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By: Kaleberg http://blogs.reuters.com/felix-salmon/2012/10/31/how-resilient-is-new-york-city/comment-page-1/#comment-44330 Thu, 01 Nov 2012 00:29:53 +0000 https://blogs.reuters.com/felix-salmon/?p=19283#comment-44330 The savings would come from going around the usual underwriters on Wall Street who always overcharge for public infrastructure debt and will just use the debt for arbitrage games. The cities and agencies would get a better deal on capital and the Fed would actually be doing something to boost the economy rather than keeping our obsolete financial sector on life support.

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By: rjs0 http://blogs.reuters.com/felix-salmon/2012/10/31/how-resilient-is-new-york-city/comment-page-1/#comment-44329 Thu, 01 Nov 2012 00:09:24 +0000 https://blogs.reuters.com/felix-salmon/?p=19283#comment-44329 Occupy Sandy: Occupy Wall Street Helps Storm Victims

http://jdeanicite.typepad.com/i_cite/201 2/10/occupy-sandy-occupy-wall-street-hel ps-storm-victims-the-nation.html

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By: Auros http://blogs.reuters.com/felix-salmon/2012/10/31/how-resilient-is-new-york-city/comment-page-1/#comment-44327 Wed, 31 Oct 2012 23:36:26 +0000 https://blogs.reuters.com/felix-salmon/?p=19283#comment-44327 “once the Fed stepped in, the chances are that no one else would lend, and private financing of public infrastructure would actually go down rather than up.”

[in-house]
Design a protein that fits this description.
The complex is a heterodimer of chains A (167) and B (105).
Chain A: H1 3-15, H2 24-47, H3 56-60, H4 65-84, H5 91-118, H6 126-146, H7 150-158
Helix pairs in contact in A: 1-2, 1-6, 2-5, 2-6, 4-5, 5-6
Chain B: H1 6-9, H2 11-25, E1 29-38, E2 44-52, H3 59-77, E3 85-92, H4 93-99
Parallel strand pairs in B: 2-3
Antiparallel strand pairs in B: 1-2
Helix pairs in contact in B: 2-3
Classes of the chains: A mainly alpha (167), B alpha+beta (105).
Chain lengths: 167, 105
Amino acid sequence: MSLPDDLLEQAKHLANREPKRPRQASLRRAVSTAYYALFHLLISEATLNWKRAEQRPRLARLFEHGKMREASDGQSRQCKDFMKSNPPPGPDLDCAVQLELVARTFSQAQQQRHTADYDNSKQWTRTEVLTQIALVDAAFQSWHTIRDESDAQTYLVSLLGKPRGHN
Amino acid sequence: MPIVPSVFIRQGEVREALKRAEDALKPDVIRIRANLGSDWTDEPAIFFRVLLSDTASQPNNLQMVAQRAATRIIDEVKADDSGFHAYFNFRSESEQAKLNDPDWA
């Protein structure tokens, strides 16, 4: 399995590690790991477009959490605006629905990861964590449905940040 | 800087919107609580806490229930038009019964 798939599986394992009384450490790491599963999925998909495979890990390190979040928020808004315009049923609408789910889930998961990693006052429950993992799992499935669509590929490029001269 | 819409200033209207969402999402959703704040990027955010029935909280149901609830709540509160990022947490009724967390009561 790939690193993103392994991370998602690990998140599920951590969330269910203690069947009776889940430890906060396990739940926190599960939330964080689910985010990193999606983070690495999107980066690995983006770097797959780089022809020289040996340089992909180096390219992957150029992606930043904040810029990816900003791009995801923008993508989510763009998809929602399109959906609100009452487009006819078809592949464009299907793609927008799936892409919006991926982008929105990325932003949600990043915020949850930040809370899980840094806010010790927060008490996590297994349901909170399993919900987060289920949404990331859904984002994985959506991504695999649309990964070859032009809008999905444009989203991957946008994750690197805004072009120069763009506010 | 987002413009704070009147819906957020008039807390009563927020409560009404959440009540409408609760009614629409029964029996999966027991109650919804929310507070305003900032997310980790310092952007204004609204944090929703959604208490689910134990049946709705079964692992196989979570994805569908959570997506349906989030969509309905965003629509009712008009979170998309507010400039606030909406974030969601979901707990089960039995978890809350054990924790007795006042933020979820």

Could you explain the thinking behind this statement? It seems to me that knowing that there’s a gigantic potential buyer for infrastructure bonds makes holding them more attractive, not less. If the Fed actually bids the price up / yield down to the point that they buy up the whole supply (which seems unlikely), that doesn’t mean that if/when they decide to stop buying new issues, or selling their holdings back into the market, there won’t be some price/yield at which the market is willing to soak the assets back up. Our current problem is that there is TOO MUCH demand for safe assets with steady yield. If infrastructure bonds are generally perceived as a relatively safe asset, and they come with the additional safety valve that we believe the Fed will support prices, that surely is a win on all fronts — good monetary policy, repair of critical infrastructure (which is an issue all over the country, not just storm-ravaged NYC), and fiscal stimulus.

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By: TechMarketeer http://blogs.reuters.com/felix-salmon/2012/10/31/how-resilient-is-new-york-city/comment-page-1/#comment-44326 Wed, 31 Oct 2012 22:13:43 +0000 https://blogs.reuters.com/felix-salmon/?p=19283#comment-44326 Nice article and a very valid point, Felix. This hurricane rises the concern that having a Backup and Recovery plan is critical these days. Besides significant property damage, Hurricane Sandy will cost billions of dollars in lost business, and partial or complete data loss from companies’ on-site datacenters.

It’s an unfortunate lesson to have to learn the hard way, especially this hard way. But, natural disasters like hurricanes, floods or superstorms are dramatic examples of the value of cloud solutions when it comes to resiliency in the face of a catastrophe, and the ability to recover and resume operations as quickly as possible.

Here is an article that talks about some of the ways that how cloud Technology can help rebound after the unforeseen / Sandy hurricane:

http://www.dincloud.com/blog/cloud-backu p-disaster-recovery-vs-hurricane-superst orm-and-more

It’s a unique way to look at cloud technology, and I think you’ll find this approach more in line with running a resilient business.